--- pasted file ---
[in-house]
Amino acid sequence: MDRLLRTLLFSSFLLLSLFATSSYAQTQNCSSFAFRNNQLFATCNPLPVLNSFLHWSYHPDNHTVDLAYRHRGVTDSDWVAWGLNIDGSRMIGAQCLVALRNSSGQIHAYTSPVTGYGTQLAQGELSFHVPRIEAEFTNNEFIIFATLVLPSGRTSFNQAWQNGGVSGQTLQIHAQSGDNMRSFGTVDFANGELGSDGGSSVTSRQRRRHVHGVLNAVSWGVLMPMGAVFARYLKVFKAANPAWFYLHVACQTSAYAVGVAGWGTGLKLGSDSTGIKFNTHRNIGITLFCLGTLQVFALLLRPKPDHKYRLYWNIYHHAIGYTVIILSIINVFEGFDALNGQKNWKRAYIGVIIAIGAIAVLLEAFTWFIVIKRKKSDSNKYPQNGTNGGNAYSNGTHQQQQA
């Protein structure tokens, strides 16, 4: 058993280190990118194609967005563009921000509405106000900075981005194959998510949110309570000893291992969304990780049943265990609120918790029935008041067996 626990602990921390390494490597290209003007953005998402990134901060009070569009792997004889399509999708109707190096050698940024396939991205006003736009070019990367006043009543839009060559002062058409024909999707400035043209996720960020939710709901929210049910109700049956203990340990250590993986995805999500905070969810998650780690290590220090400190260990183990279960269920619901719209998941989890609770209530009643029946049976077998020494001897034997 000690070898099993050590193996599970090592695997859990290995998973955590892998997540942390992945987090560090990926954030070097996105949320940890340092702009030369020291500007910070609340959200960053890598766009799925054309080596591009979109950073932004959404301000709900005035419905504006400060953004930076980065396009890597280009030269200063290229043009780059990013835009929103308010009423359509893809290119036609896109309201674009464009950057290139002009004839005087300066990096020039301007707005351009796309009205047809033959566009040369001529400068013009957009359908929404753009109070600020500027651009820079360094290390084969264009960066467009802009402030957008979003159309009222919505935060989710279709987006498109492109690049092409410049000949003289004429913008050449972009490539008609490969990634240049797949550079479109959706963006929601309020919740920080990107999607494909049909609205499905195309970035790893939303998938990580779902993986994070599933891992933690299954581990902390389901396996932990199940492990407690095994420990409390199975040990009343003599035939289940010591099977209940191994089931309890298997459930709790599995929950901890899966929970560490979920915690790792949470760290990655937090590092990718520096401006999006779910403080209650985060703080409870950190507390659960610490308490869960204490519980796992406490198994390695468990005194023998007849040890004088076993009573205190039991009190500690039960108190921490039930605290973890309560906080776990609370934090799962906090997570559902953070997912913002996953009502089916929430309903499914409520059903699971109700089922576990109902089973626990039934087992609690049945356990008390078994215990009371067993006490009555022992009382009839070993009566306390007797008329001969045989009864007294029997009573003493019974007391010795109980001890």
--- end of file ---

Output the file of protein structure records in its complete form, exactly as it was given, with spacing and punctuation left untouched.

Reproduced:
[in-house]
Amino acid sequence: MDRLLRTLLFSSFLLLSLFATSSYAQTQNCSSFAFRNNQLFATCNPLPVLNSFLHWSYHPDNHTVDLAYRHRGVTDSDWVAWGLNIDGSRMIGAQCLVALRNSSGQIHAYTSPVTGYGTQLAQGELSFHVPRIEAEFTNNEFIIFATLVLPSGRTSFNQAWQNGGVSGQTLQIHAQSGDNMRSFGTVDFANGELGSDGGSSVTSRQRRRHVHGVLNAVSWGVLMPMGAVFARYLKVFKAANPAWFYLHVACQTSAYAVGVAGWGTGLKLGSDSTGIKFNTHRNIGITLFCLGTLQVFALLLRPKPDHKYRLYWNIYHHAIGYTVIILSIINVFEGFDALNGQKNWKRAYIGVIIAIGAIAVLLEAFTWFIVIKRKKSDSNKYPQNGTNGGNAYSNGTHQQQQA
């Protein structure tokens, strides 16, 4: 058993280190990118194609967005563009921000509405106000900075981005194959998510949110309570000893291992969304990780049943265990609120918790029935008041067996 626990602990921390390494490597290209003007953005998402990134901060009070569009792997004889399509999708109707190096050698940024396939991205006003736009070019990367006043009543839009060559002062058409024909999707400035043209996720960020939710709901929210049910109700049956203990340990250590993986995805999500905070969810998650780690290590220090400190260990183990279960269920619901719209998941989890609770209530009643029946049976077998020494001897034997 000690070898099993050590193996599970090592695997859990290995998973955590892998997540942390992945987090560090990926954030070097996105949320940890340092702009030369020291500007910070609340959200960053890598766009799925054309080596591009979109950073932004959404301000709900005035419905504006400060953004930076980065396009890597280009030269200063290229043009780059990013835009929103308010009423359509893809290119036609896109309201674009464009950057290139002009004839005087300066990096020039301007707005351009796309009205047809033959566009040369001529400068013009957009359908929404753009109070600020500027651009820079360094290390084969264009960066467009802009402030957008979003159309009222919505935060989710279709987006498109492109690049092409410049000949003289004429913008050449972009490539008609490969990634240049797949550079479109959706963006929601309020919740920080990107999607494909049909609205499905195309970035790893939303998938990580779902993986994070599933891992933690299954581990902390389901396996932990199940492990407690095994420990409390199975040990009343003599035939289940010591099977209940191994089931309890298997459930709790599995929950901890899966929970560490979920915690790792949470760290990655937090590092990718520096401006999006779910403080209650985060703080409870950190507390659960610490308490869960204490519980796992406490198994390695468990005194023998007849040890004088076993009573205190039991009190500690039960108190921490039930605290973890309560906080776990609370934090799962906090997570559902953070997912913002996953009502089916929430309903499914409520059903699971109700089922576990109902089973626990039934087992609690049945356990008390078994215990009371067993006490009555022992009382009839070993009566306390007797008329001969045989009864007294029997009573003493019974007391010795109980001890």